4. Apr 29, 2015 #3
    Thank you for your reply!

    So when I plug in ##t^*## into the expression for ##m_{min}## the square root term vanishes (as it should, since the value for ##t^*## comes directly from requiring that the term under the square root is greater than zero). and I am left with...

    ##m_{min}=\frac{-3C}{8s_0}=0##

    Is this correct? This means that the only way it can be satisfied is when ##C=0##, meaning no ##m^3## term to begin with. This also tells me that at ##C\ne 0##, the symmetry is broken as there is only one minimum and it is non-zero. This makes sense as the ##m^3## term is odd and will bring about non-symmetrical properties upon sign change of ##m##.

    However, it's derivative with respect to C is continuous, a constant. So maybe I am misunderstanding something : \
     
    Last edited: Apr 29, 2015
  5. Apr 29, 2015 #4

    king vitamin

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    The mathematics looks correct (I know that you should have gotten no second-order transitions unless C=0).

    But if [itex]C \neq 0[/itex], the original potential is not symmetric under [itex]m \rightarrow -m[/itex] in the first place, so you're not breaking any symmetry by having an expectation value. In contrast, for [itex]C = 0[/itex], you do have the symmetry, but your system will choose one of the minima breaking it.
     
  6. Apr 29, 2015 #5
    So I am re-writing this problem to make sure I fully get it, and I believe I should be plugging in the value ##t_1## into the expression for the minima since this is the point in which the transition occurs. (##t^*## is the point where the other two minima emerge, but still ##m=0## is the equilibrium since it is the absolute minima). When I do this I get the following expression.

    ##m_{min}=-\frac{3C}{8s_0} \pm \frac{1}{4\sqrt{2}}\frac{|C|}{s_0}##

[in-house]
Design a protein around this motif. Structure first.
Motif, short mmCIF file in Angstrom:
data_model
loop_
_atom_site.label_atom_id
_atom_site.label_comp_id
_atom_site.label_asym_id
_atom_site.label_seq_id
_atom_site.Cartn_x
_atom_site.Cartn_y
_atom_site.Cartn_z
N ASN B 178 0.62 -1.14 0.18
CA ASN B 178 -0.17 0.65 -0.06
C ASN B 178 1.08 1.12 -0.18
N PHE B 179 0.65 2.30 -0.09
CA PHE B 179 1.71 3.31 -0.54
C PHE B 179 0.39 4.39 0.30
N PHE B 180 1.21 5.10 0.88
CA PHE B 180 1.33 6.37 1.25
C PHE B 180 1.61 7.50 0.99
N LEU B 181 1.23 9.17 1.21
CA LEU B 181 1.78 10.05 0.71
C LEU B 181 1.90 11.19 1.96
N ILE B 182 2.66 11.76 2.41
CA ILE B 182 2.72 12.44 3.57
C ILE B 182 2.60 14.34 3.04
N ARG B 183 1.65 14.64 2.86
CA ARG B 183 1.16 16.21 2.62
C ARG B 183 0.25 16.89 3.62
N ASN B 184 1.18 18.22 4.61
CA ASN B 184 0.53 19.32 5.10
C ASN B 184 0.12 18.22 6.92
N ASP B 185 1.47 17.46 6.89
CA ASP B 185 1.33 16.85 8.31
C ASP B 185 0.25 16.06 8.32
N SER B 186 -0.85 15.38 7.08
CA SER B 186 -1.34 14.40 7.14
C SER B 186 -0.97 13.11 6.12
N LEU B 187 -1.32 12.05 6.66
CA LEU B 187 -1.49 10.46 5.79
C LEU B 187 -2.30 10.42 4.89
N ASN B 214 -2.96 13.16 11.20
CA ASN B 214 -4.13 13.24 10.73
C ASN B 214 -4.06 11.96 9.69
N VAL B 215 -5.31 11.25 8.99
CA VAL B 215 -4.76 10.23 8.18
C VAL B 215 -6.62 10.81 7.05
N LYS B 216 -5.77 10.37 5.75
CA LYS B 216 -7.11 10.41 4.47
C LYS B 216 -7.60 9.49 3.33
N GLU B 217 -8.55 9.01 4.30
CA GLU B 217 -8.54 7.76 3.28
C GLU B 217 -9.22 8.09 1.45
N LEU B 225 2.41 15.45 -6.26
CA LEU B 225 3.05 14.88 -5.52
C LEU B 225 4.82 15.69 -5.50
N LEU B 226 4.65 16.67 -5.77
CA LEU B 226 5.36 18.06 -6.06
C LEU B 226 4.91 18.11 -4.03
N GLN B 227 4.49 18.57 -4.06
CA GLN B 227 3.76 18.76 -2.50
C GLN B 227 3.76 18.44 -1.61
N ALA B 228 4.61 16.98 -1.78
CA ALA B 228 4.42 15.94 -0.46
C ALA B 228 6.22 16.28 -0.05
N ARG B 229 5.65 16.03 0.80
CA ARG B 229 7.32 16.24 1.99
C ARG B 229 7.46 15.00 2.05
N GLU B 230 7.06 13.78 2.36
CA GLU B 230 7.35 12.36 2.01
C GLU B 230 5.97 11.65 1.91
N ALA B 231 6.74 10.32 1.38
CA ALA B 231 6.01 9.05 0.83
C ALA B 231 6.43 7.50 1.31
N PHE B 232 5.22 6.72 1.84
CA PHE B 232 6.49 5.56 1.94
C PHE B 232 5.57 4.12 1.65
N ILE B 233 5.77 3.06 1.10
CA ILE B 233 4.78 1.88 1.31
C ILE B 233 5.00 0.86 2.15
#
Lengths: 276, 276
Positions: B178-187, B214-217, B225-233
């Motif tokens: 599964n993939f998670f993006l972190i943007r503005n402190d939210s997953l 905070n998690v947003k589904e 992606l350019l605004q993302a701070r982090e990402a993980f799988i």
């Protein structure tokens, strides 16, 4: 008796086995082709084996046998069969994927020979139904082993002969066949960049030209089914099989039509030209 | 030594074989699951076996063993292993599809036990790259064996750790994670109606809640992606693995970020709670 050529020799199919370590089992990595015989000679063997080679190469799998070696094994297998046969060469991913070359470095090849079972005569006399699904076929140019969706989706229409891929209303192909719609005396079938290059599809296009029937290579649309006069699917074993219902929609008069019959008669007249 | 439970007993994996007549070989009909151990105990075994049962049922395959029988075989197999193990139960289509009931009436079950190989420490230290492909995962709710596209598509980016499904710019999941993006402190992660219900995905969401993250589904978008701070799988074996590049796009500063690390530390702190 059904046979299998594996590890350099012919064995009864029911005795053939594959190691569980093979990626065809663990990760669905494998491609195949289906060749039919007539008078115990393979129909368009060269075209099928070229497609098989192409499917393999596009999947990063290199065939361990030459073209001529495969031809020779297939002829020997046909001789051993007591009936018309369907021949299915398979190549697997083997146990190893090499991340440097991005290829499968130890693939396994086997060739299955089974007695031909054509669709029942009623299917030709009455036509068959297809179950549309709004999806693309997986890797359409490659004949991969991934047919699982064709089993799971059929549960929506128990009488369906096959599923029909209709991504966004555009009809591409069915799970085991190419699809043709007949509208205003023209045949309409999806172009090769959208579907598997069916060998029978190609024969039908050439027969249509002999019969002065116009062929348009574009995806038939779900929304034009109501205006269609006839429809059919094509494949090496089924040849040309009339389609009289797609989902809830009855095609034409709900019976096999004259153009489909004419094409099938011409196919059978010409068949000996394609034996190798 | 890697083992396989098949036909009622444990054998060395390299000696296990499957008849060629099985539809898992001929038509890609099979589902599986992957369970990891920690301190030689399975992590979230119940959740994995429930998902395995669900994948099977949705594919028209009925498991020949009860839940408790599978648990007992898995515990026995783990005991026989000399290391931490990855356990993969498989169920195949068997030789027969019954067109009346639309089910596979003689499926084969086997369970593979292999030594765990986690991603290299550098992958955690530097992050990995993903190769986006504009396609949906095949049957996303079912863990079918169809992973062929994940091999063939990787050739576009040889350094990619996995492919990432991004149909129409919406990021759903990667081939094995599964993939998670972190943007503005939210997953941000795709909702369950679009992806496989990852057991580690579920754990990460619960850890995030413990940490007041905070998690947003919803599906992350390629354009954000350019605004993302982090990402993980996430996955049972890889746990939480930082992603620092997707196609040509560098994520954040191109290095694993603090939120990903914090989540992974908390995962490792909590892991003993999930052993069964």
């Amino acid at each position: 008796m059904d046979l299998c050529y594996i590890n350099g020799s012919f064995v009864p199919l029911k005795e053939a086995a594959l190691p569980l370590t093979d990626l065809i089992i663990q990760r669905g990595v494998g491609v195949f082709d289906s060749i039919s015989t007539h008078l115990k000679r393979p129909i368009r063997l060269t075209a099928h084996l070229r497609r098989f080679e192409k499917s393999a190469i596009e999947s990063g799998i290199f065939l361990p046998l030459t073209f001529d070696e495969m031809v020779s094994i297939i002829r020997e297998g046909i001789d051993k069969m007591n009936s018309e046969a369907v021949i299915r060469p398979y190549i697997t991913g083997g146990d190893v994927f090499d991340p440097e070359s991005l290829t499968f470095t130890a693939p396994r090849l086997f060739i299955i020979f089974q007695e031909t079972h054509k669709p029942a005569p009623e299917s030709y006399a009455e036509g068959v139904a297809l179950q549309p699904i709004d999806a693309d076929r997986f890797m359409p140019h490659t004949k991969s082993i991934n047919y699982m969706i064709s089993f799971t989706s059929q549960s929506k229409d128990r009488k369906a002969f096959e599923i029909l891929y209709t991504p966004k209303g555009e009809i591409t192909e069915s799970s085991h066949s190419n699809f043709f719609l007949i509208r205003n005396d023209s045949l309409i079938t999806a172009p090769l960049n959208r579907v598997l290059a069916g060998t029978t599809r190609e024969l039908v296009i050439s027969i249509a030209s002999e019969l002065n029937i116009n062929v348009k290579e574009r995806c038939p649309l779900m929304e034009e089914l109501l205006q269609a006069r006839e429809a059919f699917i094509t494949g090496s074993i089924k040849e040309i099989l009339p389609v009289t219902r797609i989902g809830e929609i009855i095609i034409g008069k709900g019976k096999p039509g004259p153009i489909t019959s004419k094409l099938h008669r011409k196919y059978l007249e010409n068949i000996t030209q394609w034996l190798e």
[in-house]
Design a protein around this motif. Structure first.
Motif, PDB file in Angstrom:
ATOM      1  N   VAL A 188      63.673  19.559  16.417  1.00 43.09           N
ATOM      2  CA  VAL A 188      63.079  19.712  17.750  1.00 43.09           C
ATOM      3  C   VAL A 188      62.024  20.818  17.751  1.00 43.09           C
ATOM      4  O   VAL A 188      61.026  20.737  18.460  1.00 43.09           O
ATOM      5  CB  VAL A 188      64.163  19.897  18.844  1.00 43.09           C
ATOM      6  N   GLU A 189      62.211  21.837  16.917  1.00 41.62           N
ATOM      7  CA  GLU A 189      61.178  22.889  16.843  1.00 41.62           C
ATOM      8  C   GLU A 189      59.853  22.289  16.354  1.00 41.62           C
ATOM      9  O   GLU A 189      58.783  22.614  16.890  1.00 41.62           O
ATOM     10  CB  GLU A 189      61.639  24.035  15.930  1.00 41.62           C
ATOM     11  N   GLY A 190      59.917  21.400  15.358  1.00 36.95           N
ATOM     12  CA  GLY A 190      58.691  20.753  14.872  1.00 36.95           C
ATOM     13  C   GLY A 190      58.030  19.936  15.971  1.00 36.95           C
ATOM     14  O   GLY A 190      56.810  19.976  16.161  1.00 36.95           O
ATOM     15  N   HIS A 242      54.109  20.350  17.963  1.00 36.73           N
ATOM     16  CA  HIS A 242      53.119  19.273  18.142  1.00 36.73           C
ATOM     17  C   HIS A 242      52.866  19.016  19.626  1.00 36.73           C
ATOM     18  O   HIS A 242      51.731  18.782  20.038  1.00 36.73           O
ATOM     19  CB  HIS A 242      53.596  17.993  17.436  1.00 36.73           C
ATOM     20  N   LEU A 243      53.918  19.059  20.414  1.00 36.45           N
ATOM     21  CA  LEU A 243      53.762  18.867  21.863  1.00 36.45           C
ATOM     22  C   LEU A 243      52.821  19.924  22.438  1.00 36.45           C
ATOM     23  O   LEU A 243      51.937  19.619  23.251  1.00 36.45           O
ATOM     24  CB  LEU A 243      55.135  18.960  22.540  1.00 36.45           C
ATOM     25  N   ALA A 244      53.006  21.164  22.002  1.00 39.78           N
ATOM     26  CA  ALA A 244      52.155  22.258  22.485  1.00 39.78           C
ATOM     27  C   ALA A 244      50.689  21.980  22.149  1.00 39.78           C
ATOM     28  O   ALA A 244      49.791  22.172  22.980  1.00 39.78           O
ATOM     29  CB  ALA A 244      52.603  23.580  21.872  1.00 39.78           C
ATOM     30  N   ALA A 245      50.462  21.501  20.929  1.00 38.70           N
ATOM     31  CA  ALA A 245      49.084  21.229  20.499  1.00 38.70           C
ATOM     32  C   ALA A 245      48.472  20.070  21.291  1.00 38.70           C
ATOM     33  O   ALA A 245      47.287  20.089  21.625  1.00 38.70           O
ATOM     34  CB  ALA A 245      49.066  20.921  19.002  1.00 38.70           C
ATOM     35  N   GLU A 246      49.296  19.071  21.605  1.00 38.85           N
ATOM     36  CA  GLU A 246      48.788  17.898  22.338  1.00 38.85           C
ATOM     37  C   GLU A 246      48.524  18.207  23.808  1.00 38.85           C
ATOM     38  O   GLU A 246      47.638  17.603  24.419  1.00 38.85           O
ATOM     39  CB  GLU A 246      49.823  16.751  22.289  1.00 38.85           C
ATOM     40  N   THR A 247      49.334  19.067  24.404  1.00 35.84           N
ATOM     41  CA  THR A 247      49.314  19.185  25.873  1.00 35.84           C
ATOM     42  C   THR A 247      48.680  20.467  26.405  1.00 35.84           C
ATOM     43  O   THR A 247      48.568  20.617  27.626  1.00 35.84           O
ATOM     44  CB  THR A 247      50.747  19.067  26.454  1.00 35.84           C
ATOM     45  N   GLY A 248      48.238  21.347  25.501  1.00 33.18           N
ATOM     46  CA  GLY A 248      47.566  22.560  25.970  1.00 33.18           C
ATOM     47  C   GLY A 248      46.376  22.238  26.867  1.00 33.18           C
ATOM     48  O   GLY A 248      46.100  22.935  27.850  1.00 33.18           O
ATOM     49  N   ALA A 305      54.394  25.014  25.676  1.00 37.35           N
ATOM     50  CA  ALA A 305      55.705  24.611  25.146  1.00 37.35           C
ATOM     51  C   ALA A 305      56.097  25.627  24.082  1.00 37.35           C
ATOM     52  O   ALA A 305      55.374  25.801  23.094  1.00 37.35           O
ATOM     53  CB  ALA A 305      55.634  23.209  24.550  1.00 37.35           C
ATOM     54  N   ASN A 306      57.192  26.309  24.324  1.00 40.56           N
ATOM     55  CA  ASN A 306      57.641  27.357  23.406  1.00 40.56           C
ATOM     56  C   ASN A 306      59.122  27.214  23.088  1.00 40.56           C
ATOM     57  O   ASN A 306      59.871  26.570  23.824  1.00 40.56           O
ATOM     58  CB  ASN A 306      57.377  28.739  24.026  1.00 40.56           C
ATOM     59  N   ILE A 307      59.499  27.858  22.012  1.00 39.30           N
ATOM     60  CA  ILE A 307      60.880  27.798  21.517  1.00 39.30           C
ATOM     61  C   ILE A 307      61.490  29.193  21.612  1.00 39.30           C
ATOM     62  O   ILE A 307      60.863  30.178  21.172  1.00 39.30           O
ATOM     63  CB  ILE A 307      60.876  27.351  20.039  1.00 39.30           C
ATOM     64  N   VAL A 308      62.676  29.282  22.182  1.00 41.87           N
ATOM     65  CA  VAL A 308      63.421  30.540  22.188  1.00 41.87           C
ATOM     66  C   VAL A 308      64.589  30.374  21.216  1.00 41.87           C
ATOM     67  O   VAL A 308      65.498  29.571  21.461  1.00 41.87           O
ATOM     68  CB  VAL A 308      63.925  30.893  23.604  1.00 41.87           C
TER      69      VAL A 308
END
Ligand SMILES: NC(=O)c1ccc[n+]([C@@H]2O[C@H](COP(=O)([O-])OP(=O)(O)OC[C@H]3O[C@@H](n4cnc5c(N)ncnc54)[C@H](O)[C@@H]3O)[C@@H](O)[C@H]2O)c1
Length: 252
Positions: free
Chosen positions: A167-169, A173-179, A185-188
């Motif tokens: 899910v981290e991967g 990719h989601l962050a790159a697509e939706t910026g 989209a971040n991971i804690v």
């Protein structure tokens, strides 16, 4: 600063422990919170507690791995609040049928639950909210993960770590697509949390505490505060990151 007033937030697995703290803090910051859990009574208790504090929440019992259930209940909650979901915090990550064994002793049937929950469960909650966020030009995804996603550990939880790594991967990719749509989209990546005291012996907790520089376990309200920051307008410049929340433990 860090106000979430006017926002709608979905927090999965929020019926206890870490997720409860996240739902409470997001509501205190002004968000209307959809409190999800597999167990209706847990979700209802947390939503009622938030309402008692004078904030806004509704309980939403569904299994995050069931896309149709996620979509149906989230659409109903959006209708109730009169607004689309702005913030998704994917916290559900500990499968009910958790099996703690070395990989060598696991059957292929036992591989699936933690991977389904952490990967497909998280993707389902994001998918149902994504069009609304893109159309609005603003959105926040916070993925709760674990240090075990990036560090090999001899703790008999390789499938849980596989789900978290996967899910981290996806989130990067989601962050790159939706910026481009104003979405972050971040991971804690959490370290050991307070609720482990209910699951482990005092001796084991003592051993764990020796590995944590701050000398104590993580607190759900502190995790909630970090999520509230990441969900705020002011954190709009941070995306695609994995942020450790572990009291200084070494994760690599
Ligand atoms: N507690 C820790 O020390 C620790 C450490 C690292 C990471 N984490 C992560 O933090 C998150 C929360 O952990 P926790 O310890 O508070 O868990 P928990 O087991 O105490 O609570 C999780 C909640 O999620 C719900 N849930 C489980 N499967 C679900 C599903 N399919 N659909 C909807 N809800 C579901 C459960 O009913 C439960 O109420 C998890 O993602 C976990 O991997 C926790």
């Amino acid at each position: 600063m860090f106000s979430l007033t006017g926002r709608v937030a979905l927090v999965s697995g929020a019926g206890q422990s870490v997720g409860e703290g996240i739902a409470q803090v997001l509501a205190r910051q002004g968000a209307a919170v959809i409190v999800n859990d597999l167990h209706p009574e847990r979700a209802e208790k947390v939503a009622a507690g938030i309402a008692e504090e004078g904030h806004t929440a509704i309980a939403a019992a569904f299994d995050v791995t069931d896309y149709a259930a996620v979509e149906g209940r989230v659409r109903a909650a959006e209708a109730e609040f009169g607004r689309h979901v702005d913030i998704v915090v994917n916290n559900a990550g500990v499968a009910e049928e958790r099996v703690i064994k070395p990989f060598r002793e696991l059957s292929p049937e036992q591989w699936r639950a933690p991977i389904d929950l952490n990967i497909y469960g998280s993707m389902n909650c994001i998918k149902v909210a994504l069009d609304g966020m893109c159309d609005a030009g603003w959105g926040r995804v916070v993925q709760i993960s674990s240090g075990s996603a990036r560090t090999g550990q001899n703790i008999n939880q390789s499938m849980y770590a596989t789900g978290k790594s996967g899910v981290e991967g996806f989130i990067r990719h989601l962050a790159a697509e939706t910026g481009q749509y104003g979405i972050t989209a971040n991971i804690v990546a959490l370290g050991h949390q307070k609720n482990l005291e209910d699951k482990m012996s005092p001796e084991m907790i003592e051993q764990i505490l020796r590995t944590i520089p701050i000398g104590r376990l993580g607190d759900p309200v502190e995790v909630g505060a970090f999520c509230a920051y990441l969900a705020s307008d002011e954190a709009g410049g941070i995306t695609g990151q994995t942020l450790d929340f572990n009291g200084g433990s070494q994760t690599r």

Since this expression includes an absolute value (from taking the square root), the derivative of this term is discontinuous at C=0, indicating a second order phase transition at this point (and only at C=0).

    However, I do not understand why symmetry breaking is only related to the second order phase transition and I am not sure how to show that symmetry is not broken for the first order transition especially since the potential isn't symmetric in the first place unless C=0. :\

    Thank you for your help again btw! I appreciate the responses.
     
  7. Apr 29, 2015 #6

    king vitamin

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    I don't understand why you're taking a derivative with respect to C? The first/second order designation refers to the derivatives of the free energy with respect to [itex]m_{min}[/itex] - whether it changes discontinuously or its derivative does.
     
  8. Apr 29, 2015 #7
    I don't have a solid explanation, but I figured that in order to take the derivative of ##m_{min}##, it would have to be with respect to one of the changing variables. Here is why I am doing this, not sure if it makes any sense though.

    In class we did the standard example of magnetism using a free energy without a ##m^3## term and one of the expressions we got was (after taking h=0)
    ##m_{min}=\sqrt{-t}##. We then showed a plot of ##m_{min}## vs ##t## and he said that the expression ##\sqrt{-t}## is continuous, but it's derivative is not meaning it is second order. We then took ##h<0,h>0## and ##h=0## and got an ##m_{min}## that looked like a step function when plotted (the plot was ##m_{min}## vs ##h##). He then said that this expression is discontinuous, meaning it is first order.

    This seems like the same sort of problem except instead of a parameter of ##t## or ##h## it is ##C## and ##r_1##.